Most models allow operators to control humidity with a spill pan containing one-half inch or so of water. The food pan nests inside that, and opening vents to varying positions lets in more or less moisture depending on the desired humidity level. Other models are plumbed into the water line itself to circulate moisture, which reduces the effort of filling spill pans but also can deposit hard minerals inside the plumbing and machine.

Expect Hard Wear

Who hasn’t seen employees kick-slam drawer warmers closed or step on extended drawers to reach tall shelves? Drawer warmer manufacturers tout their all-stainless material and tank-like construction designed to withstand years of tough use, but operators should hone in on specific pressure points, namely the drawers’ slide roller/runner system and handle construction. Drawers typically close via ball bearings, but some models use a nylon runner system and/or reinforced gliders that are less susceptible to gunk buildup and can support more weight. (Operators also may want to confirm that the runner system allows drawers to be individually removed and thoroughly cleaned outside of the unit.) Handles that sit flush with the drawer’s face and are designed to be grabbed from underneath are less likely to be kicked or stepped on, but may trap food particles under their lip. Some models allow these stainless handles to be removed for sanitation.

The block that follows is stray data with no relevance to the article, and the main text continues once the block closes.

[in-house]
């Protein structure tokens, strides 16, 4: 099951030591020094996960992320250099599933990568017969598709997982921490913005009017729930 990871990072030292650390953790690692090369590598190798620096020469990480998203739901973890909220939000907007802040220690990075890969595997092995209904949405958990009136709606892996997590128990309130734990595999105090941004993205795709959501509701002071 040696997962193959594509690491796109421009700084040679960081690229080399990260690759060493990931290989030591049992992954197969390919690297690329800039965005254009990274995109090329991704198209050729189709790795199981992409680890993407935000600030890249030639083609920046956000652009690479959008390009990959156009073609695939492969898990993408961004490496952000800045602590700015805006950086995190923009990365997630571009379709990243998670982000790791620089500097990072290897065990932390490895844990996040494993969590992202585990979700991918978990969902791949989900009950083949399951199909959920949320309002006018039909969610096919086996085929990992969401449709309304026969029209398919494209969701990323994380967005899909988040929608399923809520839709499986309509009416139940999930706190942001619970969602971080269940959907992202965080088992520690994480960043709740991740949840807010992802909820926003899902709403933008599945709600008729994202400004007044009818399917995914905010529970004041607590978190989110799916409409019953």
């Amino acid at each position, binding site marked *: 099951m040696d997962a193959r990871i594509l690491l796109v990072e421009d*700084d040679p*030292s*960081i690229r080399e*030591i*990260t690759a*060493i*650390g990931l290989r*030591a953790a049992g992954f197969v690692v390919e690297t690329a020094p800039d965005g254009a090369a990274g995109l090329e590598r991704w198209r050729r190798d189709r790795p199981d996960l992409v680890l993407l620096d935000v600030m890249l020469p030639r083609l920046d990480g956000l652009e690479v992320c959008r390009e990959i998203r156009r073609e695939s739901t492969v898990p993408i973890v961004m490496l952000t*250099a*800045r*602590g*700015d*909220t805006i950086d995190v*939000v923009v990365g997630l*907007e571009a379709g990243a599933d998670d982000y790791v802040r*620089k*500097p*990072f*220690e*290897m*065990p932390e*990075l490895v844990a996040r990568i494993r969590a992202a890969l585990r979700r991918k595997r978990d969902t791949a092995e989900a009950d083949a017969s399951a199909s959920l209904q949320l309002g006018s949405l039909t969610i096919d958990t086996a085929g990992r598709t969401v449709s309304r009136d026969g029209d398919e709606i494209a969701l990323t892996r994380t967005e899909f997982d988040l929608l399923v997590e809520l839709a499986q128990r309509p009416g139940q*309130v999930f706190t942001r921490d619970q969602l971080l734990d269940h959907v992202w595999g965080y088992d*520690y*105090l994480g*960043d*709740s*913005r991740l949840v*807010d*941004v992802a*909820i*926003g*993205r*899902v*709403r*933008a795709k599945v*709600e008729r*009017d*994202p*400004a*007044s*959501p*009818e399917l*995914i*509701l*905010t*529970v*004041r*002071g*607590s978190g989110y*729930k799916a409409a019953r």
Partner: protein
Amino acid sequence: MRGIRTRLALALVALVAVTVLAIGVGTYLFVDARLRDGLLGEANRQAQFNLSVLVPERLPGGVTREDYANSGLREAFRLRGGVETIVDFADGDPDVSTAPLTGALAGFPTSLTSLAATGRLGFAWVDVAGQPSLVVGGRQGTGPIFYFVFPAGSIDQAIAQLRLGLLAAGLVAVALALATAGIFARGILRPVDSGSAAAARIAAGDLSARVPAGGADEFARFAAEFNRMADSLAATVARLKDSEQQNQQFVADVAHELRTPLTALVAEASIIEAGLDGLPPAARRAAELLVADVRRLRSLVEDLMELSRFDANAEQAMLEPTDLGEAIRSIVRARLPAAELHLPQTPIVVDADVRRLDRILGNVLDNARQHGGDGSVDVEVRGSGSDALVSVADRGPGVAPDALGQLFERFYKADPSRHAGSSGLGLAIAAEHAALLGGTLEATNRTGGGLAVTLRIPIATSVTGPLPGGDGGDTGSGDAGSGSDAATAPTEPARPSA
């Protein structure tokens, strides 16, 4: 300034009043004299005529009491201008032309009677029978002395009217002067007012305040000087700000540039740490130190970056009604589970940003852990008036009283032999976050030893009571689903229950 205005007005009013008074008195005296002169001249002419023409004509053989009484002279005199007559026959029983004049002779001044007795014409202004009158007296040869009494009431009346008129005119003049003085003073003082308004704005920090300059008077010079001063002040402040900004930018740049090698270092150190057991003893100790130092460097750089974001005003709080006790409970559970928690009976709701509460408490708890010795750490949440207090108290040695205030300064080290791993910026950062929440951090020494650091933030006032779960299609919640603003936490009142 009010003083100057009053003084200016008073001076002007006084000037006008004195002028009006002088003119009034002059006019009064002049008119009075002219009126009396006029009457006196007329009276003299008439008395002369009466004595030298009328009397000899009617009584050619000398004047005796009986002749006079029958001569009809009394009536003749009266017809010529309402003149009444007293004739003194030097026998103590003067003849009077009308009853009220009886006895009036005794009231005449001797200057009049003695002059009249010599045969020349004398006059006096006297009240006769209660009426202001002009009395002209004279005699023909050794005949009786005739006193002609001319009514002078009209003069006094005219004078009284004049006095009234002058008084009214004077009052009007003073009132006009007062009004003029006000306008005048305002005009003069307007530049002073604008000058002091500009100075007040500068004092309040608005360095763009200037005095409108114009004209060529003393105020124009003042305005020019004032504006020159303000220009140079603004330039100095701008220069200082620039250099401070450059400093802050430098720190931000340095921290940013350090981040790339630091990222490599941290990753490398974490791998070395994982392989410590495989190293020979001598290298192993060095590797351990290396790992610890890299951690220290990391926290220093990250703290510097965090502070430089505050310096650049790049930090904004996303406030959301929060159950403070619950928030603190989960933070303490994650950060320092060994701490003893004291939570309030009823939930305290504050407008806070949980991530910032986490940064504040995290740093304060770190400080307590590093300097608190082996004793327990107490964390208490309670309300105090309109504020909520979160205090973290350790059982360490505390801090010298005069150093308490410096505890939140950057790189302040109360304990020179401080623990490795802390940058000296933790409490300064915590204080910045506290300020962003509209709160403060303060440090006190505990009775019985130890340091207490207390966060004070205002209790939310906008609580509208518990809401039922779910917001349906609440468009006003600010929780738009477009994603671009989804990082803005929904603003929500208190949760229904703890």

Keep It Clean

Especially when health and safety are top diner priorities, drawer warmers’ ease of cleaning is crucial. The more seamless a unit is—inside and out—the easier it is to clean and sanitize.

For example, models that feature exposed heating elements inside each drawer (versus seamless versions) can’t be cleaned until those elements are entirely cooled, and such elements may trap and burn food particles. Likewise, units with knobs and/or analogue controls are more difficult to wipe down than sleek touch screens. Freestanding units can be unplugged and detached from the wall to allow deep cleaning under and behind the units.

Accessories to Note

Options and accessories are where operators can tailor drawer warmers to their specific menus. Operators can choose chip guards to protect heating elements from pieces of tortilla chips or trivets, which elevate delicate items such as grilled fish off the bottom of the pan so they don’t stick and air can circulate.

Drawer Support

Today’s drawer warmers offer various heat technologies, humidity choices and controls. Take a look at units from five makers.


MODEL: Drawer Warmer 500-1D
FEATURES: Radiant heat envelopes food without added humidity or fans; retains product moisture without adding water.
DIMENSIONS: 24⅝ -in.W x 25⅞ -in.D x 11⅝ -in.H
WEBSITE: alto-shaam.com


MODEL: Built-in Drawer Warmer HDW-1B
FEATURES: Available in narrow and standard widths; heavy-duty drawer slide with nylon rollers; touch-screen controls come optional.
DIMENSIONS: 28-in.W x 22⅓ -in.D x 9¾ -in.H
WEBSITE: hatcocorp.com


MODEL: VW1S Standard Drawer Warmer
FEATURES: Large drawer handle for easy operation; frame design accommodates ⅓ , ½ or full-size pans without cross bracing.
DIMENSIONS: 27½-in.W x 23½-in.D x 16¼-in.H with legs
WEBSITE: vulcanequipment.com

APW Wyott

MODEL: X*Pert Series Built-in Holding Drawer HDDi-1B
FEATURES: Perimeter heating elements distribute heat evenly through drawer area; jam-free roller design on drawer slide.
DIMENSIONS: 27¾ -in.W x 20 11⁄16-in.D x 10⅜ -in.H
WEBSITE: apwwyott.com


10 26 2023 FER Article